Oct. 3, 2017
Another year and another anniversary. In the time of Trump, surviving the challenges day-to-day is left up to the individual and a strong family connection, if lucky enough to have one. Years of social and economic research reveals that children raised by two married parents consistently, despite changes in mores and economic circumstances, manage to land on the top of the success ladder in life.
Oct. 3, 2016
The world goes on, the passage of life but a minute blip on the time line of the universe. So little to hold onto, so little is left to remember.
Went for a walk-about in a wilderness area yesterday. Fitting break from the usual.
Astrophysicists are now talking about the disassociation of matter when sucked into a black hole…and the possible reassembly or reassociation of that matter when it is ejected (equivalence). Interesting variation on the theme of life after death.
March 3, 2016
Oct. 7th 2015
Some Notes on the 10th Anniversary of the Death of Jonathan Dupree the beloved son of Sarah C. and John H. Dupree.
On this 10th Anniversary of Jonathans’s death, I have created this word press site to both remember his troubled and compromised life and to make it possible for anyone who wish to post a comment to use the secure wordpress system.
While it has been 10 years, the memories are as if yesterday. Perhaps others were affected in some meaningful way by his life and passing and will feel a need to reach out on this anniversary.
I have spent some time in the last 10 years trying to understand behaviors seen in Jonathan and other young people that can lead to such troubling outcomes.
Jonathan and much of the Dupree family probably inherited altered versions of the genes associated with dopamine activity that researchers are now becoming aware affect behavior in significant ways and have been linked to a variety of behaviors ranging from ADD to tendencies toward substance abuse. These altered dopamine genes, referred to as long tailed alleles, are more common in some families and also are seen more frequently in some population groups.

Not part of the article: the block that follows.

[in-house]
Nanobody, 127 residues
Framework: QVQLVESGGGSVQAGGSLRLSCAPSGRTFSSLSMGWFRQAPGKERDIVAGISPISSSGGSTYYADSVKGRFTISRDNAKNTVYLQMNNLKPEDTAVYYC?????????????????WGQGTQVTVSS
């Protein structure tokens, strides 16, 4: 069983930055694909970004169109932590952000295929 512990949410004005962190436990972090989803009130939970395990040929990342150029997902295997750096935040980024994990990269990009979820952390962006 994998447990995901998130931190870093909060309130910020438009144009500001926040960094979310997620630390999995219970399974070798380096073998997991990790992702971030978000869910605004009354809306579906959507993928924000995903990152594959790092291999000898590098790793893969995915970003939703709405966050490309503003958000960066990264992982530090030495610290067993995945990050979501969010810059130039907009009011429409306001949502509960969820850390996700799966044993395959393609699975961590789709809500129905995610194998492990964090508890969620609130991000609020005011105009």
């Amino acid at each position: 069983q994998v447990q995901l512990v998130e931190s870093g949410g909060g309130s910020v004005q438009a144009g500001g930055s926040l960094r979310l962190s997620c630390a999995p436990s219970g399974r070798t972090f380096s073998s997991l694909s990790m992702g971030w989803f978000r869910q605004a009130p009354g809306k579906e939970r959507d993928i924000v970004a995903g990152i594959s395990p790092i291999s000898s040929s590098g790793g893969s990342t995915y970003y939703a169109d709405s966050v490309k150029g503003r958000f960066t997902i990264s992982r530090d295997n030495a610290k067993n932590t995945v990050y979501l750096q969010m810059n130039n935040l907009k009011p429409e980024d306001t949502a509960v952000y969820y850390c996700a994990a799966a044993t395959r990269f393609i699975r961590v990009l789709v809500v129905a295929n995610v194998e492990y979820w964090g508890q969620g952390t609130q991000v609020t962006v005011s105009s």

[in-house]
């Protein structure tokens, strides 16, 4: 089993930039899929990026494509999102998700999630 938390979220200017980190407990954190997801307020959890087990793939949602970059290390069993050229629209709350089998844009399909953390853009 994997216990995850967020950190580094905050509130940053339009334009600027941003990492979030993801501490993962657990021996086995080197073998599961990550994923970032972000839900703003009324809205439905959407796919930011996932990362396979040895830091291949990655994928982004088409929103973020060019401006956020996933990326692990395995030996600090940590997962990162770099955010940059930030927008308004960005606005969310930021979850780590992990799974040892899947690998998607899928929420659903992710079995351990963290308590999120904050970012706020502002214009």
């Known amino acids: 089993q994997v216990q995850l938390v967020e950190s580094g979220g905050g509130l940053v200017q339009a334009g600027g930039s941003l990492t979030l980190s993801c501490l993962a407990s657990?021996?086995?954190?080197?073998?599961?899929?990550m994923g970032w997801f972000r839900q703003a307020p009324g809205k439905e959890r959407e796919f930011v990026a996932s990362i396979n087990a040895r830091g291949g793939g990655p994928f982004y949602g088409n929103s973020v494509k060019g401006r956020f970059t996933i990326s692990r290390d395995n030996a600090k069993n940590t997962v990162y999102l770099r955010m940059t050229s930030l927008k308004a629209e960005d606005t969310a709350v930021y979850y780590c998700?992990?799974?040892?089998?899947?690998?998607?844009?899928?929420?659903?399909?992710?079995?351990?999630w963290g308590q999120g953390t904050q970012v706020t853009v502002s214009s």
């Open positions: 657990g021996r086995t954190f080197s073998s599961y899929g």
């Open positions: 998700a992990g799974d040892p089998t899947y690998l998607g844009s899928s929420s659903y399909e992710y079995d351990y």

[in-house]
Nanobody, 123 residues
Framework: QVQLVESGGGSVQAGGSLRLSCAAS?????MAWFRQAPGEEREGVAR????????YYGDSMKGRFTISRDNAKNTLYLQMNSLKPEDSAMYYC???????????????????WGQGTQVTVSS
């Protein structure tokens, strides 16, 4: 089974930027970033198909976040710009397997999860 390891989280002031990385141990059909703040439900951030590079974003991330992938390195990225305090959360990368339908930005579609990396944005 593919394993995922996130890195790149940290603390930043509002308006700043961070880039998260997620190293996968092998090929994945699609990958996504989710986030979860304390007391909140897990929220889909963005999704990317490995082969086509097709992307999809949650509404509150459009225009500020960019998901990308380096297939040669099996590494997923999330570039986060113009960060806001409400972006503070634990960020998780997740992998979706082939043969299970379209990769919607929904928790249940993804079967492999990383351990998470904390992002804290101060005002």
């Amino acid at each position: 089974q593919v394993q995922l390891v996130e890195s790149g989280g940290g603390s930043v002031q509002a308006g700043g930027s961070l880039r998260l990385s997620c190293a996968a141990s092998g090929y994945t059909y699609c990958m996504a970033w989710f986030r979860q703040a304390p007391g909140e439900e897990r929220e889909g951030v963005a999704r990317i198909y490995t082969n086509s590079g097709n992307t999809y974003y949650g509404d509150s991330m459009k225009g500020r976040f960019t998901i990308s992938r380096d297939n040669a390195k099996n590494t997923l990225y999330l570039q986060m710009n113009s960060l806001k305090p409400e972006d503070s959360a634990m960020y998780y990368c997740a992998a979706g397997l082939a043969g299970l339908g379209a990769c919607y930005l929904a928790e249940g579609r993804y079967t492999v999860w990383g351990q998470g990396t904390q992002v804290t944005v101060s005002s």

It is now thought that these variations result in abnormal, usually inadequate, dopamine level activity that in some affected individuals expresses symptoms ranging from being “on edge” , depressed, or unfocused among others. The danger lies when affected individuals seek to “double up” on anything that will raise or activate dopamine levels. “Thrill seeking” behavior in all its permutations has been linked by some researchers with these genetic variations.
One dopamine gene variant, DRD4,seen in about 10% of the population, has been linked to exploratory and excitable people. Further studies have questioned whether this genetic variation in isolation is sufficient to explain these behavior issues. Other studies have seen a relationship been the occurrence of this genetic variation and expression of “thrill seeking” related to early parenting patterns. *
While the issues are complex and only just beginning to be understood, it is clear that certain “on the edge” behaviors run in families suggesting strongly that there is a genetic basis for some of the extreme adaptive behaviors that are seen in members of these families and that are most likely related to issues of dopamine release and reception in the brain.
Many of the behaviors associated with these genetic variations are subtle and have traditionally been attributed to immaturity, allergies, environmental changes etc. It is my hypothesis that if a pattern of symptoms is noticed that correlate to the known expressions of these genetic variations appropriate warnings can alert both the family and the individual to these serious life-challenging threats. It is also my thesis that intervention based on knowledge of these tendencies may be sufficient to ward off the more threatening options available. Medication may not be necessary in most cases, in my opinion.
I will try to expand this discussion with time.
Belated thanks to Sonia for the new pictures that came my way.
*For a brief overview check this wikipedia reference. It also has some links to related papers and studies.
Dopamine receptor D4 – Wikipedia, the free encyclopedia